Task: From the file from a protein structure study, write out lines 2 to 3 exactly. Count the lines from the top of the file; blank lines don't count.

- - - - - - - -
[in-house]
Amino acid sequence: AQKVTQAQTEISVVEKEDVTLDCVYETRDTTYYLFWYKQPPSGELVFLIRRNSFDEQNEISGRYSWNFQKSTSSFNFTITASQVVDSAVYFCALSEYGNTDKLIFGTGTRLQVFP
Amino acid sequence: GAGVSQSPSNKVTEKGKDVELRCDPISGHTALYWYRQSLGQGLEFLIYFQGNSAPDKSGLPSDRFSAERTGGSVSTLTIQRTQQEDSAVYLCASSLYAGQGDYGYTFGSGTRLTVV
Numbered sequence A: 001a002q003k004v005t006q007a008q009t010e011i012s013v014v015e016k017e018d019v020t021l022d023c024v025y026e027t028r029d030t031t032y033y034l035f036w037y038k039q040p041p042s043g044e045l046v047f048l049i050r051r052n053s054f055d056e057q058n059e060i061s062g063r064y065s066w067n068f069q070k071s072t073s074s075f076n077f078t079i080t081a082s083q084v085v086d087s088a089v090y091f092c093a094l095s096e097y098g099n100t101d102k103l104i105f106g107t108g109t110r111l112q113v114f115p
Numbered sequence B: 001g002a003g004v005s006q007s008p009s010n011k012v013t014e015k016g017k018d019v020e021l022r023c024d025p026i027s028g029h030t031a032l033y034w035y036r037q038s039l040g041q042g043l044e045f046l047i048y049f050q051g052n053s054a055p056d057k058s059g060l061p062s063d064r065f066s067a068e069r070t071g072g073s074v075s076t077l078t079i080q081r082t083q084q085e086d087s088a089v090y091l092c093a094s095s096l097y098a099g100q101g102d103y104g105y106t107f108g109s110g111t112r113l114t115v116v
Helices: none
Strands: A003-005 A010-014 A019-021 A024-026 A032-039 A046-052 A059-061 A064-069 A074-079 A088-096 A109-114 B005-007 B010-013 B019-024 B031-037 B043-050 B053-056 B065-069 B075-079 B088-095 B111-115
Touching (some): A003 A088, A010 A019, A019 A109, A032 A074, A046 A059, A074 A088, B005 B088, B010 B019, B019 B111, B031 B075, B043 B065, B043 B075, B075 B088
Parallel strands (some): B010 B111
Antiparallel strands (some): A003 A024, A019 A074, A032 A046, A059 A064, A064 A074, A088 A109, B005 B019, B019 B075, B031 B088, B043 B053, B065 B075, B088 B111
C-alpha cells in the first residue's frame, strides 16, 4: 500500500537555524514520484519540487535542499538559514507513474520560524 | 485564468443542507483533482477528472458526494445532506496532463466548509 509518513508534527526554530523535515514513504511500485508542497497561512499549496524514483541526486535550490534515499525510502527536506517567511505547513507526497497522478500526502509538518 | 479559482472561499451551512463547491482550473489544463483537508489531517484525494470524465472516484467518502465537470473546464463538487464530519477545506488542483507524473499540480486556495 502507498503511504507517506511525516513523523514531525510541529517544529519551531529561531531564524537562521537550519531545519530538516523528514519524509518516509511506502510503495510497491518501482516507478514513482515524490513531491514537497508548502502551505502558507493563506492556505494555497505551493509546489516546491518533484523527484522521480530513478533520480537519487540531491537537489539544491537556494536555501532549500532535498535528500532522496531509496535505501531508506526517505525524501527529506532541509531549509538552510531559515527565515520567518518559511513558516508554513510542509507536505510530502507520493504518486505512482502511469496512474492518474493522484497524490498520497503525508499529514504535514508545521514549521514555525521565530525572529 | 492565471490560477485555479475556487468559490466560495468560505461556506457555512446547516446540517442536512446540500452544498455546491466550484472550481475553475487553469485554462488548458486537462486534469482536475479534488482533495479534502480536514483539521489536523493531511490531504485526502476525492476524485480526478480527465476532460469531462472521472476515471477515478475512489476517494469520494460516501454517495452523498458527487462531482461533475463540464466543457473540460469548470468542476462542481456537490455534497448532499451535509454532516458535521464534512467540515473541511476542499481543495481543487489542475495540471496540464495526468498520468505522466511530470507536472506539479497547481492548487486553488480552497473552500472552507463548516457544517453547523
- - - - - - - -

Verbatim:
Amino acid sequence: AQKVTQAQTEISVVEKEDVTLDCVYETRDTTYYLFWYKQPPSGELVFLIRRNSFDEQNEISGRYSWNFQKSTSSFNFTITASQVVDSAVYFCALSEYGNTDKLIFGTGTRLQVFP
Amino acid sequence: GAGVSQSPSNKVTEKGKDVELRCDPISGHTALYWYRQSLGQGLEFLIYFQGNSAPDKSGLPSDRFSAERTGGSVSTLTIQRTQQEDSAVYLCASSLYAGQGDYGYTFGSGTRLTVV